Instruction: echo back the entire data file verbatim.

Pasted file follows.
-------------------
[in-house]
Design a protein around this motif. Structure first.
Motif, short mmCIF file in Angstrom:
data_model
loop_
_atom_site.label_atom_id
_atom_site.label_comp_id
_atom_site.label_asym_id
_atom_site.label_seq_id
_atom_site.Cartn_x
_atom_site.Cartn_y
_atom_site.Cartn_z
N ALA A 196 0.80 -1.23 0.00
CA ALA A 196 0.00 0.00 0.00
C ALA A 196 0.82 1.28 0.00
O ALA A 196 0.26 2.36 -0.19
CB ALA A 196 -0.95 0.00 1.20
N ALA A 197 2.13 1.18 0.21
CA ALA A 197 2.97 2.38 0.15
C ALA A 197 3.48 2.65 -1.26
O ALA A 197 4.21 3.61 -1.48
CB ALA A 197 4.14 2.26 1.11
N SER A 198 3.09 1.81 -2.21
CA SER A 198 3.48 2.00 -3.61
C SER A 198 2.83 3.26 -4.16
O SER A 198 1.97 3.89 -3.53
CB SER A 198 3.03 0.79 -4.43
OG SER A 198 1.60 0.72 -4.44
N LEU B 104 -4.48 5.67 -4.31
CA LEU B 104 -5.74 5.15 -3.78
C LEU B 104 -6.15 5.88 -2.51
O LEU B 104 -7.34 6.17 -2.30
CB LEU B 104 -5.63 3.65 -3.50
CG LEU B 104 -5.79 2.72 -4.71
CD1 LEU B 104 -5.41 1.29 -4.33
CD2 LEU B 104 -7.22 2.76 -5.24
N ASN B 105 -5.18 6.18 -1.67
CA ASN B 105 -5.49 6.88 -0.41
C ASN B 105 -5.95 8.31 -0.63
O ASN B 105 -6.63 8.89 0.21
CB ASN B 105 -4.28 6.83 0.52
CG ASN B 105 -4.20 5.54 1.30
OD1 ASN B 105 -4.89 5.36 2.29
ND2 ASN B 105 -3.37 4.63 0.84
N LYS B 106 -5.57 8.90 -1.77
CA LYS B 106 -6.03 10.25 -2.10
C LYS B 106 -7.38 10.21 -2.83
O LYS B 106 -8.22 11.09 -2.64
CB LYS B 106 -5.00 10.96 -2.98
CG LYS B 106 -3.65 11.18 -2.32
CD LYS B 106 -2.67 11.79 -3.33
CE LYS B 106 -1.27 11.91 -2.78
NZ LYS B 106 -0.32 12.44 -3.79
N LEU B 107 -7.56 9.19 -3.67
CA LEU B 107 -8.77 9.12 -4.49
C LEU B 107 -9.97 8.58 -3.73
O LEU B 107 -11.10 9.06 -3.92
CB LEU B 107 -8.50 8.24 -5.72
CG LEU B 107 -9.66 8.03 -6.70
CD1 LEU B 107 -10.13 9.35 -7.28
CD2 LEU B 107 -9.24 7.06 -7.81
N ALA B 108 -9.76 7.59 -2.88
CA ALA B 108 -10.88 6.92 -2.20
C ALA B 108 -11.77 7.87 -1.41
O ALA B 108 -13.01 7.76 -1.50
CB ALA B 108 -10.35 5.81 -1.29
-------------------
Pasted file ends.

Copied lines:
[in-house]
Design a protein around this motif. Structure first.
Motif, short mmCIF file in Angstrom:
data_model
loop_
_atom_site.label_atom_id
_atom_site.label_comp_id
_atom_site.label_asym_id
_atom_site.label_seq_id
_atom_site.Cartn_x
_atom_site.Cartn_y
_atom_site.Cartn_z
N ALA A 196 0.80 -1.23 0.00
CA ALA A 196 0.00 0.00 0.00
C ALA A 196 0.82 1.28 0.00
O ALA A 196 0.26 2.36 -0.19
CB ALA A 196 -0.95 0.00 1.20
N ALA A 197 2.13 1.18 0.21
CA ALA A 197 2.97 2.38 0.15
C ALA A 197 3.48 2.65 -1.26
O ALA A 197 4.21 3.61 -1.48
CB ALA A 197 4.14 2.26 1.11
N SER A 198 3.09 1.81 -2.21
CA SER A 198 3.48 2.00 -3.61
C SER A 198 2.83 3.26 -4.16
O SER A 198 1.97 3.89 -3.53
CB SER A 198 3.03 0.79 -4.43
OG SER A 198 1.60 0.72 -4.44
N LEU B 104 -4.48 5.67 -4.31
CA LEU B 104 -5.74 5.15 -3.78
C LEU B 104 -6.15 5.88 -2.51
O LEU B 104 -7.34 6.17 -2.30
CB LEU B 104 -5.63 3.65 -3.50
CG LEU B 104 -5.79 2.72 -4.71
CD1 LEU B 104 -5.41 1.29 -4.33
CD2 LEU B 104 -7.22 2.76 -5.24
N ASN B 105 -5.18 6.18 -1.67
CA ASN B 105 -5.49 6.88 -0.41
C ASN B 105 -5.95 8.31 -0.63
O ASN B 105 -6.63 8.89 0.21
CB ASN B 105 -4.28 6.83 0.52
CG ASN B 105 -4.20 5.54 1.30
OD1 ASN B 105 -4.89 5.36 2.29
ND2 ASN B 105 -3.37 4.63 0.84
N LYS B 106 -5.57 8.90 -1.77
CA LYS B 106 -6.03 10.25 -2.10
C LYS B 106 -7.38 10.21 -2.83
O LYS B 106 -8.22 11.09 -2.64
CB LYS B 106 -5.00 10.96 -2.98
CG LYS B 106 -3.65 11.18 -2.32
CD LYS B 106 -2.67 11.79 -3.33
CE LYS B 106 -1.27 11.91 -2.78
NZ LYS B 106 -0.32 12.44 -3.79
N LEU B 107 -7.56 9.19 -3.67
CA LEU B 107 -8.77 9.12 -4.49
C LEU B 107 -9.97 8.58 -3.73
O LEU B 107 -11.10 9.06 -3.92
CB LEU B 107 -8.50 8.24 -5.72
CG LEU B 107 -9.66 8.03 -6.70
CD1 LEU B 107 -10.13 9.35 -7.28
CD2 LEU B 107 -9.24 7.06 -7.81
N ALA B 108 -9.76 7.59 -2.88
CA ALA B 108 -10.88 6.92 -2.20
C ALA B 108 -11.77 7.87 -1.41
O ALA B 108 -13.01 7.76 -1.50
CB ALA B 108 -10.35 5.81 -1.29